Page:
For humanity to thrive, we need engineers who can lead with a conscience

December 18, 2020
Dr Hadi Abulrub

Dr Hadi Abulrub, from the Faculty of Engineering at the University of Bristol, argues the key to facing environmental challenges lies in intelligent manufacturing, smart infrastructure, sustainable energy and engineering modelling.

Creativity and innovation have been the drivers of social, economic and cultural progress for millennia. The Industrial Revolution accelerated our capacities and there has been exponential growth ever since – in the products and services we use to enhance our lives as much as the number of people across the world for whom these tools have become indispensable.

But have the costs been worth it? Judging by the state of the world, the answer is no. We live in turbulent times, resulting in large part from our over-reliance on the Earth’s resources. And the stakes are high, especially in the context of the United Nations’ 2030 Agenda for the Sustainable Development Goals (SDGs) – a mere ten years remain to meet the ambitious task of setting the world on a more viable path for the sake of our collective prosperity.

Earth Overshoot Day marks the date when humanity’s demand for ecological resources and services in a given year exceeds what Earth can regenerate in that year. This year (2020) Earth Overshoot Day fell on Saturday 22nd August, three weeks later than in 2019. The shift is due to the COVID-19 pandemic. However true sustainability can only be achieved by design, not disaster. How can we fulfil the complex needs of a growing population in a way that can both extend the lifespan of the finite resources that remain, and ensure the prosperity of future generations?

Conscience over convenience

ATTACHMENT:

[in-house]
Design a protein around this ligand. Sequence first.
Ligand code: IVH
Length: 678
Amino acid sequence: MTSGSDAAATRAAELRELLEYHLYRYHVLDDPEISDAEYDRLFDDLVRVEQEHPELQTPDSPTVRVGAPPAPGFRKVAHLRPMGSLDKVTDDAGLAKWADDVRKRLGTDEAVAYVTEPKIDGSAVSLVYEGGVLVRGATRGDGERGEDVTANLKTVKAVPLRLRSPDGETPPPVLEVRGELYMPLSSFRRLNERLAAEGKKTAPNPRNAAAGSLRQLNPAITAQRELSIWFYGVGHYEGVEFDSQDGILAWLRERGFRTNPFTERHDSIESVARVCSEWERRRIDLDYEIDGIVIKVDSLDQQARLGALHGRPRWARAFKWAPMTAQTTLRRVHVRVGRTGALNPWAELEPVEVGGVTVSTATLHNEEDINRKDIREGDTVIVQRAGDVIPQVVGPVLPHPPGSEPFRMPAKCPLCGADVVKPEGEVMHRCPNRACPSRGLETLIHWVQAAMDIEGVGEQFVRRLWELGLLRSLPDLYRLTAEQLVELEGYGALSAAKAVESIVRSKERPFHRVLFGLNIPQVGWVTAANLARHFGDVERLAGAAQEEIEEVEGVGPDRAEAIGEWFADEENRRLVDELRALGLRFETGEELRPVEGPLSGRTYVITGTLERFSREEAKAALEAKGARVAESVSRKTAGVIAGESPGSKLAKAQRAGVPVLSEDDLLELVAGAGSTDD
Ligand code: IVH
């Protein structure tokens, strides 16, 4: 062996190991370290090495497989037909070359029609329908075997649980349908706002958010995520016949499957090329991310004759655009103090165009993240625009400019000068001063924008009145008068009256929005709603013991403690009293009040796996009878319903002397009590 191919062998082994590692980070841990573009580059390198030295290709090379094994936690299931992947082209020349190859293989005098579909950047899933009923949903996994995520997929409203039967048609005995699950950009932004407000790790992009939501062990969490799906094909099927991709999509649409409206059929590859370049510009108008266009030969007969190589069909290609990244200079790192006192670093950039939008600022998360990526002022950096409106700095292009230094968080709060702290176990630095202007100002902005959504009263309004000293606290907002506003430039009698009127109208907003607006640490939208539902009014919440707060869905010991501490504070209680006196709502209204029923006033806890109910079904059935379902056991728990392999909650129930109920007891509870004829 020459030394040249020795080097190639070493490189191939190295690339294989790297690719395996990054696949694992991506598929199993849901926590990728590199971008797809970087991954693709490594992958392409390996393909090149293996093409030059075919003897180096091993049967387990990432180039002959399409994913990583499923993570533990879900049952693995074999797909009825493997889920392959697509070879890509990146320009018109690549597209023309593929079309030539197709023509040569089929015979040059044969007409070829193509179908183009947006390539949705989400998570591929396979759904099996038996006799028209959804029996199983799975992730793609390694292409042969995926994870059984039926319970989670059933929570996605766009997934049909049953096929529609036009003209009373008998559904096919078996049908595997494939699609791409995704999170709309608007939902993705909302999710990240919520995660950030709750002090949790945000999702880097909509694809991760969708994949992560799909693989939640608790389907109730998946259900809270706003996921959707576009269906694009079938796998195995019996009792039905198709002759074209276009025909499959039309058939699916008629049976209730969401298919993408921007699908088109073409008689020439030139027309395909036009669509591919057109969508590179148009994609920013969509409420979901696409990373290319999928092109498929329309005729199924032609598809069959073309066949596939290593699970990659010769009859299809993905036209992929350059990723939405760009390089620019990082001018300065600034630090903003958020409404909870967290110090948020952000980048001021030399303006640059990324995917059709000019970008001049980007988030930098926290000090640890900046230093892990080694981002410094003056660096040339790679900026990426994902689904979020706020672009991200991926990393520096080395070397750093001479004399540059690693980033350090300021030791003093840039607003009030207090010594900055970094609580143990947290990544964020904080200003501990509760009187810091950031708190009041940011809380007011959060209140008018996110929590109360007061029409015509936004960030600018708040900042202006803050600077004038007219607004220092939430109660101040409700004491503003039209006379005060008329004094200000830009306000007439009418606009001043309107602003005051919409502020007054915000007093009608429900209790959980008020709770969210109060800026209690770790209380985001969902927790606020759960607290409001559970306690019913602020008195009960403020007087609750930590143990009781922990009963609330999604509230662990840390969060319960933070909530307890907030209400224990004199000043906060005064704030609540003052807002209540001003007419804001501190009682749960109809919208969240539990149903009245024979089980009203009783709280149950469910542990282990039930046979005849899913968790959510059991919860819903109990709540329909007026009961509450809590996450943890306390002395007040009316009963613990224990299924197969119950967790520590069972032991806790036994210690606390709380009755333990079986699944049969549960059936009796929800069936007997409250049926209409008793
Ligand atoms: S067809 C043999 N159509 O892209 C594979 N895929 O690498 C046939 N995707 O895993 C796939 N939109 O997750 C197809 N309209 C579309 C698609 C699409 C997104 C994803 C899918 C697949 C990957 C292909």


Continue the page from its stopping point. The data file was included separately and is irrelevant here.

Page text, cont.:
Responsible consumption and production is the focus of the UN’s 9th SDG which highlights the scale and urgency of the challenge: the acceleration of worldwide material consumption has led to the over-extraction and degradation of environmental resources. According to the UN, in 1990 some 8.1 tons of natural resources were used to satisfy a person’s need, while in 2015, almost 12 tons of resources were extracted per person.

As the SDGs emphasise, the only way through is via inclusive industrialisation and innovation, sustainable economic growth, affordable energy, and sustainable management of the Earth’s resources.

Recent years have seen an exceptional rise in our environmental consciousness, with consumers making more discerning choices about what and how much they buy and who they buy from. The growth of the sharing economy is further evidence of this shift in mindset towards a value-based economy, where people are increasingly looking to rent, recycle and reuse.

Corporations are responding in a similar vein. Whereas once the linear model of extraction, manufacture, distribution, consumption and disposal reigned supreme, more companies now realise that the resulting material waste and environmental damage is neither justifiable nor sustainable.

The circular economy